When you want to buy something to control aphids, wasps or powdery mildew in your garden, you're probably looking for the safest, most effective product. At the garden center, you're likely to find all sorts of products labeled "organic" and "natural," which implies that these products are safe.
Don't be fooled. Pesticides -- which are by definition poisons -- aren't transformed into safe, environmentally friendly products just because they are organic or natural. As with synthetic pesticides, many organic pesticides pose significant dangers.
Trust the label, not the hype
A quick way to assess the relative danger of any pesticide is to read the label. There, you'll find what's called a signal word. The safest pesticides tend to be those labeled with the word "Caution." Those that are less safe are labeled "Warning." And those labeled "Danger" are likely to be the least safe.
Some of the most dangerous organic pesticides include Rotenone, a plant-derived insecticide. (Though it's no longer being produced as an insecticide because of its toxicity to humans and the environment, it's still available in garden centers.) Another dangerous organic pesticide is Bordeaux mix, which contains copper sulfate, which is a dangerous poison to fish and other aquatic creatures. Ironically, both of these ingredients are among the most effective, naturally occurring poisons.
Even organic pesticides derived from foods may not be entirely safe. Capsaicin, the chemical that makes hot peppers hot, is sometimes sold as an insecticide. Capsaicin also is used to make pepper sprays that are sold to repel muggers. If misapplied, you can bet that it'll sting a gardener's eyes as much as a carjacker's.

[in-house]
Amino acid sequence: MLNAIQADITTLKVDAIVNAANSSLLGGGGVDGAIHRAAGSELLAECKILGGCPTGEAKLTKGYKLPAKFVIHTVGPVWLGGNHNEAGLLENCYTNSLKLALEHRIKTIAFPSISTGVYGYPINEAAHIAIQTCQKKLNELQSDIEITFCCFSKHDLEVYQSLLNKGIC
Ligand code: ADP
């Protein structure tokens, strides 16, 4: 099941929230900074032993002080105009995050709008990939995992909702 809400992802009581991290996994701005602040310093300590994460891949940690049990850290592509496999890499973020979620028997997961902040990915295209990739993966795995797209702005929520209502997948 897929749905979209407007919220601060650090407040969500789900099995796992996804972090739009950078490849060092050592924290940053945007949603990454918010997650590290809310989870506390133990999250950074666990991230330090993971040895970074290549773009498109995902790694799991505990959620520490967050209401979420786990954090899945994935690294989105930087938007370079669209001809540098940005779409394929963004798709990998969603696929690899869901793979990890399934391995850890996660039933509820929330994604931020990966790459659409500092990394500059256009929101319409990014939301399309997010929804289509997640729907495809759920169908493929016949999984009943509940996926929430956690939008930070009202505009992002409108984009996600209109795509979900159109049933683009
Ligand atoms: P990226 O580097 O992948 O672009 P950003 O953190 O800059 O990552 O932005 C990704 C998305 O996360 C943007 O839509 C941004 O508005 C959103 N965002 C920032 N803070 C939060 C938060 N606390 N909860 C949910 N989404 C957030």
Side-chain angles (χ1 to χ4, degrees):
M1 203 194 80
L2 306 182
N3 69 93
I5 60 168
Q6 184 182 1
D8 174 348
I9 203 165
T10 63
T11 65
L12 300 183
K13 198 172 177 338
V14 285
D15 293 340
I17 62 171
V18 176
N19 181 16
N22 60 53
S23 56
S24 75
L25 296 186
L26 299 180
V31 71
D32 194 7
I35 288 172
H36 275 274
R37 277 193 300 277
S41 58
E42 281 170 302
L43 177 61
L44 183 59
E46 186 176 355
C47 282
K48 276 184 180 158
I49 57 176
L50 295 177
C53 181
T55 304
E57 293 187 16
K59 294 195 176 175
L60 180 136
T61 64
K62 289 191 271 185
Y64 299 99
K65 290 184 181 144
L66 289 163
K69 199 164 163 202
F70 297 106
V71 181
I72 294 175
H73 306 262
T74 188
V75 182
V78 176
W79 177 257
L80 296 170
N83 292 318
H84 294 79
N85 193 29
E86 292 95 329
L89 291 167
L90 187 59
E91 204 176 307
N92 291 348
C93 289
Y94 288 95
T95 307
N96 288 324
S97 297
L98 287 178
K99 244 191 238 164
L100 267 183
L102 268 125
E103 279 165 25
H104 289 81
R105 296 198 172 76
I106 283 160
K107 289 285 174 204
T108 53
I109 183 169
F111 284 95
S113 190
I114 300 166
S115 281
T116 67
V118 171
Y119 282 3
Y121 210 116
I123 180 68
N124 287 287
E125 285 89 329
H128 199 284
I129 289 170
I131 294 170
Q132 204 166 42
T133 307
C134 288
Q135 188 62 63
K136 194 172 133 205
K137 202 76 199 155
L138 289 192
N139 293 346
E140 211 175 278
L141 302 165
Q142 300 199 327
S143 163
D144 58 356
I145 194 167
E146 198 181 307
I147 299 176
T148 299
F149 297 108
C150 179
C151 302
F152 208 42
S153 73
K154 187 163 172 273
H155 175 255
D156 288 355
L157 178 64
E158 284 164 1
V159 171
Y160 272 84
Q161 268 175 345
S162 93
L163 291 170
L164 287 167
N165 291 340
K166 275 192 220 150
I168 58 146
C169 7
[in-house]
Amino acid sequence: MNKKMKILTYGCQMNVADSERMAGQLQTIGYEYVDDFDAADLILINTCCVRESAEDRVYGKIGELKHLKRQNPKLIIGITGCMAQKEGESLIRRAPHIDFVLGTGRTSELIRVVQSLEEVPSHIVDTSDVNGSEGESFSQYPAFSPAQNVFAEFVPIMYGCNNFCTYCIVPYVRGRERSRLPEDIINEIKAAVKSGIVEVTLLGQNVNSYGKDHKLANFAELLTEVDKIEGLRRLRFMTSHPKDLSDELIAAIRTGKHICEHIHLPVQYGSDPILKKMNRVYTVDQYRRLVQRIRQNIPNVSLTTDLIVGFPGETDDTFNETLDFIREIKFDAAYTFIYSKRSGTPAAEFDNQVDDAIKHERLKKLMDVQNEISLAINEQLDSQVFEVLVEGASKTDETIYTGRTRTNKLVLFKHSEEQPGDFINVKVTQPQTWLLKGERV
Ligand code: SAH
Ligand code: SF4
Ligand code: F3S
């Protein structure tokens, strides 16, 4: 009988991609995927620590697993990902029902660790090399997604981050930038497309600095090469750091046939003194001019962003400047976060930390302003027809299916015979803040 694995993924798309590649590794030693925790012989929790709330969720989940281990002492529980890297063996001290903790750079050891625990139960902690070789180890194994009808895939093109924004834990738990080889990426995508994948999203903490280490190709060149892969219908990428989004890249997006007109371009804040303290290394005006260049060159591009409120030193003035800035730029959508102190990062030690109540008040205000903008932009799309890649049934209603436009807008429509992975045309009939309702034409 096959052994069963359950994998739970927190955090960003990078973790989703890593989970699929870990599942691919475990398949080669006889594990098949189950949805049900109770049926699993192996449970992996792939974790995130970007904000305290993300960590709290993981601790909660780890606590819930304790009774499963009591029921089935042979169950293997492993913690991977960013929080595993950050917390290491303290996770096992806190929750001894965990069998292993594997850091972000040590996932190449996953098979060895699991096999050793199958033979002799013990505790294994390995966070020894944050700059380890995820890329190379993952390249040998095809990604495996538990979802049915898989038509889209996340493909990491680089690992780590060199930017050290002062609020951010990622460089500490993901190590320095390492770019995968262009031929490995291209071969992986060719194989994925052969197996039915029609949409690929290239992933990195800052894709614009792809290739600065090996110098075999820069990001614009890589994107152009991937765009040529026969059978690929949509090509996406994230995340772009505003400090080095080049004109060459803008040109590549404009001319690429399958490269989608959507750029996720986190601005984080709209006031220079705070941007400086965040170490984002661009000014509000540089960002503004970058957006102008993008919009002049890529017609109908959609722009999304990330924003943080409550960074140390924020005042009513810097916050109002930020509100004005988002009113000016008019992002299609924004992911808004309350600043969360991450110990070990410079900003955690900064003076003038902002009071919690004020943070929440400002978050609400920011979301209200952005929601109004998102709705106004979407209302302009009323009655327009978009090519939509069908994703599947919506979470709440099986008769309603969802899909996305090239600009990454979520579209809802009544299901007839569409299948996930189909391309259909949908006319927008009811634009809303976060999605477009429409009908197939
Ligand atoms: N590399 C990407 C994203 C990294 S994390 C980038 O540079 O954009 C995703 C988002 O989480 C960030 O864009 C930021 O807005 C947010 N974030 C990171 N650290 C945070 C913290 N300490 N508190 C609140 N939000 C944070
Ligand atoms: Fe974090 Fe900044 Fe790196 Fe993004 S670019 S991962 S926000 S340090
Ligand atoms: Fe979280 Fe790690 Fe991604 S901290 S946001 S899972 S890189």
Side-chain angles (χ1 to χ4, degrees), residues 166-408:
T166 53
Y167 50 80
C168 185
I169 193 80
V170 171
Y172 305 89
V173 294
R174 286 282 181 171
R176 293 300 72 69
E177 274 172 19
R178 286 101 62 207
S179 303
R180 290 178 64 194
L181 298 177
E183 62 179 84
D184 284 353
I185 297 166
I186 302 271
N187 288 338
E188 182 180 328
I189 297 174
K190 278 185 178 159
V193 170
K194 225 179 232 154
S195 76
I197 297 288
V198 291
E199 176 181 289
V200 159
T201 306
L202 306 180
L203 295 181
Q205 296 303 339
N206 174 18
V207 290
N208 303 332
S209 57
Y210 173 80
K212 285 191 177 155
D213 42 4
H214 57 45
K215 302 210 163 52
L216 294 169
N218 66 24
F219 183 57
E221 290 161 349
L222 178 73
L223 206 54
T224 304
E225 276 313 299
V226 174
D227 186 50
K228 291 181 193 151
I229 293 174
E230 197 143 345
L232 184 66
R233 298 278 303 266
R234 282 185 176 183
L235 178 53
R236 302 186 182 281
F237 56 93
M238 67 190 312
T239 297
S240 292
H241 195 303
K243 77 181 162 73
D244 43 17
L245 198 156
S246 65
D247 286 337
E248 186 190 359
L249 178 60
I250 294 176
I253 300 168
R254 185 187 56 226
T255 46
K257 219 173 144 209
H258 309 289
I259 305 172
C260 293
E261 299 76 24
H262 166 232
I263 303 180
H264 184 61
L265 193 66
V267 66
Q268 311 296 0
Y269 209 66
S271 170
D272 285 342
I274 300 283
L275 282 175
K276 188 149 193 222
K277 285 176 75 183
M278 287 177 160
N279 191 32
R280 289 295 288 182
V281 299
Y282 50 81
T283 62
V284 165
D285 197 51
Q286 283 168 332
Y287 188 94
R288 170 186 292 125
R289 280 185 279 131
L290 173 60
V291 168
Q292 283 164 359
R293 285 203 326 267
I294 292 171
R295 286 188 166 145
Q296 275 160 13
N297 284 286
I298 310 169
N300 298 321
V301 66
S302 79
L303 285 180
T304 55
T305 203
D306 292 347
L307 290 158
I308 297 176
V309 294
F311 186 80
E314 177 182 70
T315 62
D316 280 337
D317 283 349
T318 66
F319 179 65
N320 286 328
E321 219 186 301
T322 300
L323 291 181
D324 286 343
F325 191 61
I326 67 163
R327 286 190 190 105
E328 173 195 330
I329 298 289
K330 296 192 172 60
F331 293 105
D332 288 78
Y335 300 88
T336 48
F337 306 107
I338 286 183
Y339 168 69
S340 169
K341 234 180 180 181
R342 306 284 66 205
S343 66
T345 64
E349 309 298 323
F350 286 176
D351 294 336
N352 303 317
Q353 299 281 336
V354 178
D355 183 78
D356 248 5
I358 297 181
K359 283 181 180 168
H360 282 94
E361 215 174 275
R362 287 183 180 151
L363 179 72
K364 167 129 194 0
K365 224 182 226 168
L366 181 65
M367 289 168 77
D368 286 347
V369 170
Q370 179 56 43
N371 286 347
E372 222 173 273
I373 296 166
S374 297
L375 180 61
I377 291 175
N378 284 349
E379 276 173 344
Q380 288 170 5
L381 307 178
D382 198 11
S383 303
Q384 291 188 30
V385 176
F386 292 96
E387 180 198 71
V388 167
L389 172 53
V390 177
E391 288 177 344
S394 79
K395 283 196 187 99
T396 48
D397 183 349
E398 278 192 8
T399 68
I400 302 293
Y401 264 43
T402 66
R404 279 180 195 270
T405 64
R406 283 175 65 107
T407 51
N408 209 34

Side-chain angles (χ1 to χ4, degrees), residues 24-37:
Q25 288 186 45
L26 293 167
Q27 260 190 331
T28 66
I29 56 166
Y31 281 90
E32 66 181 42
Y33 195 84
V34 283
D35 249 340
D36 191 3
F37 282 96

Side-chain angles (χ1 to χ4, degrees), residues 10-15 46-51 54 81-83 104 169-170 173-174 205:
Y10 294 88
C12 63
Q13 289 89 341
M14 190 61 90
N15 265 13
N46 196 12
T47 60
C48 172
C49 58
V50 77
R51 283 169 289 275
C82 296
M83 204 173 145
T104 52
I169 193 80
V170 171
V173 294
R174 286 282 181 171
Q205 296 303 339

How to grow organic
The real mission of organic gardening has nothing to do with pesticides: It's about growing plants so they don't need to be slathered in poisonous goo in the first place.
So, how can you do that?
• Start by growing the healthiest plants possible.
• Use renewable, natural fertilizers such as compost and fish emulsions, which enrich the soil and give the plants the nutrients they need to grow and prosper.
• Add mulch to suppress weeds.
• Pests love water-stressed plants, so be sure to water properly. Keep the soil around your plants slightly moist, but not wet.
• Finally, select disease- and insect-resistant plants, which are usually well-advertised as such.
Assess the real damage
But what happens when, despite all of your efforts, you get pests in your garden? Before you reach for the chemicals, consider these questions:
• How bad is the problem? Most plants tolerate losing about one-third of their foliage before they really suffer.
• Is the fruit being affected? If you're growing fruits or veggies and something is eating the leaves but leaving the fruit alone, you don't necessarily need to apply chemicals. Your harvest may not be affected.
• Do you know exactly which pest is attacking your plants? If not, don't apply a pesticide. You're as likely to apply something that hurts the plant as something that helps it.
If you want help identifying a pest, go to the University of Minnesota Extension Service (www.extension.umn.edu), click on garden and look for insect and disease listings under flowers, fruit, lawns or trees and shrubs.
• And finally, if you decide to use a chemical, read the label thoroughly and be certain that what you're applying is the safest product you can find. Remember, while the organic label indicates that something is natural, it has nothing to do with how safe or effective it is.
Jeff Gillman is an associate professor of horticulture at the University of Minnesota. He's also the author of two books, "The Truth about Garden Remedies" and "The Truth About Organic Gardening," (Timber Press, $12.95).